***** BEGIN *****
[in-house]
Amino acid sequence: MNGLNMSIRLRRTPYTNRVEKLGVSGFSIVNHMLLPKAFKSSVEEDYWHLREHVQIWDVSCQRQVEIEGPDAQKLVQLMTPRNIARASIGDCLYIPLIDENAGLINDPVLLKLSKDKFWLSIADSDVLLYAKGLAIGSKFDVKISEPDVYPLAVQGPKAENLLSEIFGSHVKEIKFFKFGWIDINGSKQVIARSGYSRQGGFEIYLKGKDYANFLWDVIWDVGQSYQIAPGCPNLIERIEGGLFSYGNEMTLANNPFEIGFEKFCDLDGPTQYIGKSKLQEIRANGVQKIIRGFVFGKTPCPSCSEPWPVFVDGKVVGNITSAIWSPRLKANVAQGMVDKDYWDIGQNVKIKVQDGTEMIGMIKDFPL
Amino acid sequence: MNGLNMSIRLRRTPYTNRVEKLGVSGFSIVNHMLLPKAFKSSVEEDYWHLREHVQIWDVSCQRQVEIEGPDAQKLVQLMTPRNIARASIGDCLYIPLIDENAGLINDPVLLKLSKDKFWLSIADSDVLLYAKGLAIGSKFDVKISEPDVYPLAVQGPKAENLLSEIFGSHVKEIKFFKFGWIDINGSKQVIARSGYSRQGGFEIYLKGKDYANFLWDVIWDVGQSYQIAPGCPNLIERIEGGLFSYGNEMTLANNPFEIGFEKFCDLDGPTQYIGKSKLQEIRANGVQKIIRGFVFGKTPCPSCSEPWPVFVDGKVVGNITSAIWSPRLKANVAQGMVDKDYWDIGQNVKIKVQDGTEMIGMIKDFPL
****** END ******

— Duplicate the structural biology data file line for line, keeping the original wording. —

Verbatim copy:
[in-house]
Amino acid sequence: MNGLNMSIRLRRTPYTNRVEKLGVSGFSIVNHMLLPKAFKSSVEEDYWHLREHVQIWDVSCQRQVEIEGPDAQKLVQLMTPRNIARASIGDCLYIPLIDENAGLINDPVLLKLSKDKFWLSIADSDVLLYAKGLAIGSKFDVKISEPDVYPLAVQGPKAENLLSEIFGSHVKEIKFFKFGWIDINGSKQVIARSGYSRQGGFEIYLKGKDYANFLWDVIWDVGQSYQIAPGCPNLIERIEGGLFSYGNEMTLANNPFEIGFEKFCDLDGPTQYIGKSKLQEIRANGVQKIIRGFVFGKTPCPSCSEPWPVFVDGKVVGNITSAIWSPRLKANVAQGMVDKDYWDIGQNVKIKVQDGTEMIGMIKDFPL
Amino acid sequence: MNGLNMSIRLRRTPYTNRVEKLGVSGFSIVNHMLLPKAFKSSVEEDYWHLREHVQIWDVSCQRQVEIEGPDAQKLVQLMTPRNIARASIGDCLYIPLIDENAGLINDPVLLKLSKDKFWLSIADSDVLLYAKGLAIGSKFDVKISEPDVYPLAVQGPKAENLLSEIFGSHVKEIKFFKFGWIDINGSKQVIARSGYSRQGGFEIYLKGKDYANFLWDVIWDVGQSYQIAPGCPNLIERIEGGLFSYGNEMTLANNPFEIGFEKFCDLDGPTQYIGKSKLQEIRANGVQKIIRGFVFGKTPCPSCSEPWPVFVDGKVVGNITSAIWSPRLKANVAQGMVDKDYWDIGQNVKIKVQDGTEMIGMIKDFPL